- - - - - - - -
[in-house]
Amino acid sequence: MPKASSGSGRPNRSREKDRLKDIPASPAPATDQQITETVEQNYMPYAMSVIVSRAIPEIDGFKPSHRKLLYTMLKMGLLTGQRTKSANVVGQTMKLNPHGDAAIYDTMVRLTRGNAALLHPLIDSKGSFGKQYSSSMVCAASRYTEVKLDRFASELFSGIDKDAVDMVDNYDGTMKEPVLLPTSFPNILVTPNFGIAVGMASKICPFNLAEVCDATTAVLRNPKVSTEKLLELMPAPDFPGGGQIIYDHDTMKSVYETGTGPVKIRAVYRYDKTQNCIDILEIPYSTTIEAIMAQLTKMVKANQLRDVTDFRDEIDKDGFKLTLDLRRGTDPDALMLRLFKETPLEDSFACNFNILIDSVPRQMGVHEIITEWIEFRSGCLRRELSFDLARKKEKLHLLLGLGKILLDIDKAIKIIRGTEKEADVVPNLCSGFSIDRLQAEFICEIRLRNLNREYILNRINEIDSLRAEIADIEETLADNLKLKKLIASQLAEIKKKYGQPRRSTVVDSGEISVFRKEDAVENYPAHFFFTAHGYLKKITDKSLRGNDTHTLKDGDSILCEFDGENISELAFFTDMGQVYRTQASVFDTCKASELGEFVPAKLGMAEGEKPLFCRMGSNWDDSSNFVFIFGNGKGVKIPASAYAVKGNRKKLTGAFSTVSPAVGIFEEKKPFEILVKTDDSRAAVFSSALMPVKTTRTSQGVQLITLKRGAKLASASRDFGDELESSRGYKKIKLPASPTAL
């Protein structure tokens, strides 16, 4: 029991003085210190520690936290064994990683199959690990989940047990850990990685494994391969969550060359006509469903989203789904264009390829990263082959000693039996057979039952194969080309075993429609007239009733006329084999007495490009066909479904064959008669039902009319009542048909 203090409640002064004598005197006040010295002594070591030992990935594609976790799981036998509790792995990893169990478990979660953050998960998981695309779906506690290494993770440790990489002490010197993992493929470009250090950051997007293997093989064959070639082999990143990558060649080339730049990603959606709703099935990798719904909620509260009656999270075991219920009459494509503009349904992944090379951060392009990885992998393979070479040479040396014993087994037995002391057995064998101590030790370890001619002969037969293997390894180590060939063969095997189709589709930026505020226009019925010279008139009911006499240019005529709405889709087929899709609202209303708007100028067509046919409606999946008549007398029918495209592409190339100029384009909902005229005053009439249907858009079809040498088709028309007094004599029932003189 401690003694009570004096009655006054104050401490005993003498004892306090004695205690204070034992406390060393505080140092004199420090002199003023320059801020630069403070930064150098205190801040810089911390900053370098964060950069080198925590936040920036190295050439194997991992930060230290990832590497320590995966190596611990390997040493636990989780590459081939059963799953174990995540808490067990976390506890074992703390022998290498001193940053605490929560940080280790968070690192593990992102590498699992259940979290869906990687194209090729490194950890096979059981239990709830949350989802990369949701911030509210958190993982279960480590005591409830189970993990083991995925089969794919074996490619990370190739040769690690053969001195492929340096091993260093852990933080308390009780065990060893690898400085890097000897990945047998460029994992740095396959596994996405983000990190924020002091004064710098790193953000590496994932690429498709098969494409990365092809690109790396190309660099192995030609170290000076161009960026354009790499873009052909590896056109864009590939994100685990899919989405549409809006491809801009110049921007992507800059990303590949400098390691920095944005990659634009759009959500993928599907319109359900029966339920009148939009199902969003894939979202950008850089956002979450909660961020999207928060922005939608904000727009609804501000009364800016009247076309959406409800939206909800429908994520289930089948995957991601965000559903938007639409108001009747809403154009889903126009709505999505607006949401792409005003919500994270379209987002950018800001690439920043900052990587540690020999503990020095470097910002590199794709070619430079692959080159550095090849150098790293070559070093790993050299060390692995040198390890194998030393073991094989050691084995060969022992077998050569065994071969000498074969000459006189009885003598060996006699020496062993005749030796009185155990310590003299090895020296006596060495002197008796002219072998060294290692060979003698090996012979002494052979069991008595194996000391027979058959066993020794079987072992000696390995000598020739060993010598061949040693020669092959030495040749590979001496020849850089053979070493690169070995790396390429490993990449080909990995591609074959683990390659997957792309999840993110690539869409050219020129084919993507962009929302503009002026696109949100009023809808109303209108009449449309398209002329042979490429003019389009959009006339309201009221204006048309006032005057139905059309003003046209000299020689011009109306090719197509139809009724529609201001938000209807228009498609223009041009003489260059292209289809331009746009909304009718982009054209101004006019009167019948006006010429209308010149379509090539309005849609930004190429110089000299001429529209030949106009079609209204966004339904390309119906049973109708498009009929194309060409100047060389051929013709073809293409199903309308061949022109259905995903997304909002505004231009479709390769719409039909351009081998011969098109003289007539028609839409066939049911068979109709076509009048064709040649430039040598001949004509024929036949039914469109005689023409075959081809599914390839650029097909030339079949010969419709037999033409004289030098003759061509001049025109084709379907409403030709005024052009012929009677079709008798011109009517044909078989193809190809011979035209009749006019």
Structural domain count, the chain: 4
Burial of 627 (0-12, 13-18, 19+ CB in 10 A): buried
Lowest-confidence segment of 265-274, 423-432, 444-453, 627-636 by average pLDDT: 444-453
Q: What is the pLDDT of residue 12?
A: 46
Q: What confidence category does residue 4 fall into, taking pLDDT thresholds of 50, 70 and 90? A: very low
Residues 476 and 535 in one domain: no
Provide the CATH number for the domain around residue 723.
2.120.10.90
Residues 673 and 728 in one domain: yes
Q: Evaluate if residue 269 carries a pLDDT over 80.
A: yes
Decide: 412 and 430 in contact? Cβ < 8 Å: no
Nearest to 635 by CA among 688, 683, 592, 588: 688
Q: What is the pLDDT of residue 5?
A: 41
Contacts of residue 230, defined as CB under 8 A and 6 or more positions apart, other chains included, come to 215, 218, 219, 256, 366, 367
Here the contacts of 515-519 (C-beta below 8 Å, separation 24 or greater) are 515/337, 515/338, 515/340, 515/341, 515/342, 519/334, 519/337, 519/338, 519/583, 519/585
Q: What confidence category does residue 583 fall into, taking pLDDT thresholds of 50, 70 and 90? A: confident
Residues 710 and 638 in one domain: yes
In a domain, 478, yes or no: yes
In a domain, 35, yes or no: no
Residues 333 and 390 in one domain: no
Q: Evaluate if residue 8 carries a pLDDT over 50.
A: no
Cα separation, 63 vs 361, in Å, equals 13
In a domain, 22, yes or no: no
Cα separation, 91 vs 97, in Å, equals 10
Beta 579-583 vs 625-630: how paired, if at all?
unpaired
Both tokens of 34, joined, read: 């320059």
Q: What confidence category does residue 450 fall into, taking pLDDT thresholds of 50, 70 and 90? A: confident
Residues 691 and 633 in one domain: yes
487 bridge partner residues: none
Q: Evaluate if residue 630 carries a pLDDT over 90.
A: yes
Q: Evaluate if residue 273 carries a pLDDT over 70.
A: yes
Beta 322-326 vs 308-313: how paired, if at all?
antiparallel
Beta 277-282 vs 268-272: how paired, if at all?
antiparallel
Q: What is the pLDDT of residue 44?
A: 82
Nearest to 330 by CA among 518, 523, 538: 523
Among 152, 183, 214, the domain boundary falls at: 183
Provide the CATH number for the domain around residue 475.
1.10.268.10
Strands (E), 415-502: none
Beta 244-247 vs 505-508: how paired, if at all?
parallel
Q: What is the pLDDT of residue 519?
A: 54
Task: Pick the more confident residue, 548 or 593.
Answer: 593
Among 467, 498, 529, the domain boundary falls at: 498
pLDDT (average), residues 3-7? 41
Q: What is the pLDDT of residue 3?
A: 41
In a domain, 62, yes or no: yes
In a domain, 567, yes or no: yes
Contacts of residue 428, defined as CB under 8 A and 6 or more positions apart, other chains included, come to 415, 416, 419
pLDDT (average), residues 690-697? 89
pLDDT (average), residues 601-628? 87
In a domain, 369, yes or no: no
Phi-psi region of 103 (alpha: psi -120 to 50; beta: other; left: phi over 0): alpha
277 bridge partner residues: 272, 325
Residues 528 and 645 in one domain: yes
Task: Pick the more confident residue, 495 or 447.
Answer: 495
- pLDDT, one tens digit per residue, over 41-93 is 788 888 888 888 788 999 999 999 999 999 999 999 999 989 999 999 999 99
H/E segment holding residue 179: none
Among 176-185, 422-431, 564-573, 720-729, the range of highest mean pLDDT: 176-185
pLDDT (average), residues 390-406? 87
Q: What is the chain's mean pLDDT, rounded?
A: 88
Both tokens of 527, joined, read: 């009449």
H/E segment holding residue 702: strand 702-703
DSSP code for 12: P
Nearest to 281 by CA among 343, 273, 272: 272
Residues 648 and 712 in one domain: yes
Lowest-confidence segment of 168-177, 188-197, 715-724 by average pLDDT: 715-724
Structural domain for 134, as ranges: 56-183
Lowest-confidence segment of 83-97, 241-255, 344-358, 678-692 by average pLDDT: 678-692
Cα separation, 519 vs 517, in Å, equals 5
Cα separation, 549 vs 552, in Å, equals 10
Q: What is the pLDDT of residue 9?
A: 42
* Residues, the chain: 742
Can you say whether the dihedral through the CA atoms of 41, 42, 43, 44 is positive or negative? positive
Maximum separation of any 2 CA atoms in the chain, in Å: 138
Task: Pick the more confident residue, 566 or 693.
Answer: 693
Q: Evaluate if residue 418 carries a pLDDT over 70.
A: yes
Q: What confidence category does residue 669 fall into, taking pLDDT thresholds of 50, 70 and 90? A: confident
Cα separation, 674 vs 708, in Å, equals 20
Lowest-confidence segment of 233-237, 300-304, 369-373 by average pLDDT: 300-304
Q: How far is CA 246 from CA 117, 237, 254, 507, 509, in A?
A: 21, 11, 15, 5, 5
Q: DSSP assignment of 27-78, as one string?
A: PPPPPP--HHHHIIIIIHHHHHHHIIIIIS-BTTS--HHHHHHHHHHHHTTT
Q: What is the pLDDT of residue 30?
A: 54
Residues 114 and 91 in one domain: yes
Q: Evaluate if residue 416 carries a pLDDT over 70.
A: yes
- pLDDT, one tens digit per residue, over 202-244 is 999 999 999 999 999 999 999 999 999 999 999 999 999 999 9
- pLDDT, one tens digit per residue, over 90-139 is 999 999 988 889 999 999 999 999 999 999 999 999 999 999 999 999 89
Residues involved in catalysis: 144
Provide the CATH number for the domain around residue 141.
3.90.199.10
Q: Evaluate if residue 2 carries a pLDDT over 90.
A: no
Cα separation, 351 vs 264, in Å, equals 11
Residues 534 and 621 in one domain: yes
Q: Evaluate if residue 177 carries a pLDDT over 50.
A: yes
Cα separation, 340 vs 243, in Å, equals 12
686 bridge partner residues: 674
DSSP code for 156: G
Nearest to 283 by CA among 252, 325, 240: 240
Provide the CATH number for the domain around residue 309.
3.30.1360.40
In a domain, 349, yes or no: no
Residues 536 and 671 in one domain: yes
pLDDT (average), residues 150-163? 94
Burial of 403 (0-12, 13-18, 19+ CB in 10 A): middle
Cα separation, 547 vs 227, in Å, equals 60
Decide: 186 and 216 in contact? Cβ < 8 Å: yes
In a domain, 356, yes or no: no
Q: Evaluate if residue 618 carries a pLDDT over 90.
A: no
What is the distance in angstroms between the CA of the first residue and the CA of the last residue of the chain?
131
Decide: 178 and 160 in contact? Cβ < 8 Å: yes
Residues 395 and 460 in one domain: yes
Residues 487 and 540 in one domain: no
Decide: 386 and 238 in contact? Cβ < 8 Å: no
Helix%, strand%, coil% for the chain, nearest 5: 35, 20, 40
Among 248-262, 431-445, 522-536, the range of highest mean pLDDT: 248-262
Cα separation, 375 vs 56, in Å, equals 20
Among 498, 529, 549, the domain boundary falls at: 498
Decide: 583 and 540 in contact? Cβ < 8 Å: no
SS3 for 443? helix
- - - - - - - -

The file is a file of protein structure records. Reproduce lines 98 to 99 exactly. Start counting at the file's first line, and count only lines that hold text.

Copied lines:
A: yes
Q: What confidence category does residue 669 fall into, taking pLDDT thresholds of 50, 70 and 90? A: confident